By Sr. Fidelis
This week, we turn our faces toward Holy Week and the great sacrifice of our Lord Jesus Christ. We find a depth of riches in the Gregorian chants that come from this sacred season. One of the treasures of the Church is the majestic hymn Pange Lingua, whose text is attributed to Thomas Aquinas. This chant is sung to accompany the translation of the Sacraments to a place of repose at the conclusion of the Maundy Thursday Eucharist. The Mode 3 melody gently sweeps up and back in a way that lifts the text and gives a sense of adoration. Read this wonderful translation by J.M. Neale and others, which is found in many hymnals.
Of the glorious body telling,
O my tongue, its mysteries sing,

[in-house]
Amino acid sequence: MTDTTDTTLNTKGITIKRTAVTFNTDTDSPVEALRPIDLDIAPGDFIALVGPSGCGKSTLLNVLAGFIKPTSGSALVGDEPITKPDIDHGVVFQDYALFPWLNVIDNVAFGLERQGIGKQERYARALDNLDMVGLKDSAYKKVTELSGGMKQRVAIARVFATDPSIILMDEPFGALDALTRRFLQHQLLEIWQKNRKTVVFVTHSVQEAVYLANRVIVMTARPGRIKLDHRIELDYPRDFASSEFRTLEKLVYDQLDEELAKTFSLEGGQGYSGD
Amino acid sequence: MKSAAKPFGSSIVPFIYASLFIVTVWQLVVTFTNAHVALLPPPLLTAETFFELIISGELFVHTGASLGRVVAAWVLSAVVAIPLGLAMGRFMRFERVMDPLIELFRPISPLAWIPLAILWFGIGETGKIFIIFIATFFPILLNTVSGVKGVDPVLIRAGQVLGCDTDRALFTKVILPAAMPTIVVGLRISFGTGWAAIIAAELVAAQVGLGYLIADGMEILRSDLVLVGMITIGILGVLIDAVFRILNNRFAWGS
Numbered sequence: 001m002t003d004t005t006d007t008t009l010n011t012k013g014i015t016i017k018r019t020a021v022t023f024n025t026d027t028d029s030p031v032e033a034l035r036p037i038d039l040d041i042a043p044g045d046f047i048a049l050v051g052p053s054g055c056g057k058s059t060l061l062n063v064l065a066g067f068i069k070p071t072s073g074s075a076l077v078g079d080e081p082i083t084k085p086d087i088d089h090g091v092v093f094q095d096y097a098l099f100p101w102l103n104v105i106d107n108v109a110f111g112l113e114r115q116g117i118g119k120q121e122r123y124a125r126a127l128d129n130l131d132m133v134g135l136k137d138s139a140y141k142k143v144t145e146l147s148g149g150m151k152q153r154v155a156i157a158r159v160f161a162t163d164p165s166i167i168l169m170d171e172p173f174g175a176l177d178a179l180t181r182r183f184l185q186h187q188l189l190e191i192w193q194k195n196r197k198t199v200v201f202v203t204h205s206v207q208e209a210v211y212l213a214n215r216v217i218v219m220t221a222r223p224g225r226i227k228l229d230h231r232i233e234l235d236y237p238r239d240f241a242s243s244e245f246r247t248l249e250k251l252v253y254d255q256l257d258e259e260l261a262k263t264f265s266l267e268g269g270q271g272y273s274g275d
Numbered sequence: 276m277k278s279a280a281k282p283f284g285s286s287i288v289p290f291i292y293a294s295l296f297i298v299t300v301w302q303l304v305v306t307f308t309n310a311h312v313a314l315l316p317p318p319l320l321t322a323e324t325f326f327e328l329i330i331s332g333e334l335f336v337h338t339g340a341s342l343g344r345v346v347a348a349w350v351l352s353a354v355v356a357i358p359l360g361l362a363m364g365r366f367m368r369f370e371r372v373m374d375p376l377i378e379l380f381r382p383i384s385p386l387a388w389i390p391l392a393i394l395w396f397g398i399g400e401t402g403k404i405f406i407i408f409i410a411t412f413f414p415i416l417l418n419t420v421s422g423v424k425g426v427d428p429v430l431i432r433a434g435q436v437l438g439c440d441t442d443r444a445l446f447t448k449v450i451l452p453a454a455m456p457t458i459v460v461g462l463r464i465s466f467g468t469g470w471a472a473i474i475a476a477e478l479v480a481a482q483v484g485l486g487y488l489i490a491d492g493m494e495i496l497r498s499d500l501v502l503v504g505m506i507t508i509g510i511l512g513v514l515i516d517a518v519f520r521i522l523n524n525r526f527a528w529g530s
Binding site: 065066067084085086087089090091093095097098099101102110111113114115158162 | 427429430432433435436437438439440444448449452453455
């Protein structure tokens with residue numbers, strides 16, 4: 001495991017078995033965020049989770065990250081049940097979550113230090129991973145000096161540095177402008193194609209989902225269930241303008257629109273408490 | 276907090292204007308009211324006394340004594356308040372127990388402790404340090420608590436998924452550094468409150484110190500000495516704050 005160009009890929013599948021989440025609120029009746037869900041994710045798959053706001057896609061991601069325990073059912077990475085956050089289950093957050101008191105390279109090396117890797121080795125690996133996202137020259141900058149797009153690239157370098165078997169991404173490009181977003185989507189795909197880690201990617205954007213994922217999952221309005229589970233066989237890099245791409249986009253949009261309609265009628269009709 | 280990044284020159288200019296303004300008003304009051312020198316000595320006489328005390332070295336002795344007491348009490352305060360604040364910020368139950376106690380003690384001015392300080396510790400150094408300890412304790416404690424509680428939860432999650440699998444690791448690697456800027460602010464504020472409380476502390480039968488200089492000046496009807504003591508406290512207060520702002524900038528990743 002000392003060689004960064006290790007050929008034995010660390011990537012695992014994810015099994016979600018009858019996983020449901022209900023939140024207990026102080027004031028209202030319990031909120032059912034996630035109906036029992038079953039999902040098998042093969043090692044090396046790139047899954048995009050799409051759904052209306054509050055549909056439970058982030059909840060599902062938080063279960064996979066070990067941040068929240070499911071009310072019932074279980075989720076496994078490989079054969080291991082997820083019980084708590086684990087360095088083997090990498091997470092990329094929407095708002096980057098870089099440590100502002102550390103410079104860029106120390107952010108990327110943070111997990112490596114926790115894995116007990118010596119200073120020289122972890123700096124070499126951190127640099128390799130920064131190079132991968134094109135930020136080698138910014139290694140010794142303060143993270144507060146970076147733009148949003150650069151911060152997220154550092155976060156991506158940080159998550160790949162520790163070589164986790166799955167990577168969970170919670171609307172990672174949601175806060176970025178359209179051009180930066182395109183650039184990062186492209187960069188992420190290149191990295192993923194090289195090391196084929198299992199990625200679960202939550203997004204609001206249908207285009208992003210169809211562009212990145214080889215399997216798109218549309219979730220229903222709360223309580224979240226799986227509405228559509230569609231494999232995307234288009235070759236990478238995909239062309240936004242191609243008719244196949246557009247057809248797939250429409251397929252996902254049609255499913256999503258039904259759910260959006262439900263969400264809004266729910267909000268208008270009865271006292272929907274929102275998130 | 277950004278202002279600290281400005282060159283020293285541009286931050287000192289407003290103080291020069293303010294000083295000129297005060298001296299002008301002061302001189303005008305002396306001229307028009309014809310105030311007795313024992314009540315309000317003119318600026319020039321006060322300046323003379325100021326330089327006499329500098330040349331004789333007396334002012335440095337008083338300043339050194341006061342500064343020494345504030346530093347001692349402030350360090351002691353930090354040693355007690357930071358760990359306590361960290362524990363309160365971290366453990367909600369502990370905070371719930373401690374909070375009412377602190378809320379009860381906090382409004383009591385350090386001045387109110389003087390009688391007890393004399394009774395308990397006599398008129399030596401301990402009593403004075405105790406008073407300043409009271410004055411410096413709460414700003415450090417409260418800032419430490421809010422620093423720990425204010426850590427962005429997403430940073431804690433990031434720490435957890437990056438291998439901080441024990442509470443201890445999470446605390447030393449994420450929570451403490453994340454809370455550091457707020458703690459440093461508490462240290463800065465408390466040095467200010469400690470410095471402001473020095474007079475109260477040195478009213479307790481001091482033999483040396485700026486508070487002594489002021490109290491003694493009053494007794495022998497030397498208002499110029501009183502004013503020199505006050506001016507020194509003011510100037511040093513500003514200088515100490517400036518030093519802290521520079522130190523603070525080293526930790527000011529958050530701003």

And the blood, all price excelling,
Which the world’s eternal King,
In a spotless womb once dwelling,
Shed for this world’s ransoming.
Given for us, for us descending,
Of a virgin to proceed,
Man with man in converse blending,
Scattered he the gospel seed,
Till his sojourn drew to ending,
Which he closed in wondrous deed.
At the last great supper lying
Circled by his chosen band,
Duly with the law complying,
First he finished its command,
Then immortal food supplying,
Gave himself by his own hand.
Word-made-flesh by word he maketh
Bread his very flesh to be;
Man in wine Christ’s blood partaketh:
And if senses fail to see,
Faith alone the true heart waketh
To behold the mystery.
Therefore we, before him bending,
This great sacrament revere:
Types and shadows have their ending,
For the newer rite is here;
Faith, our outward sense befriending,
Makes the inward vision clear.
Glory let us give and blessing
To the Father and the Son,
Honor, might and praise addressing,
While eternal ages run;
Ever too his love confessing,
Who, from both, with both is one. Amen
Pange Lingua (Hymn Mode 3 C), Aquinas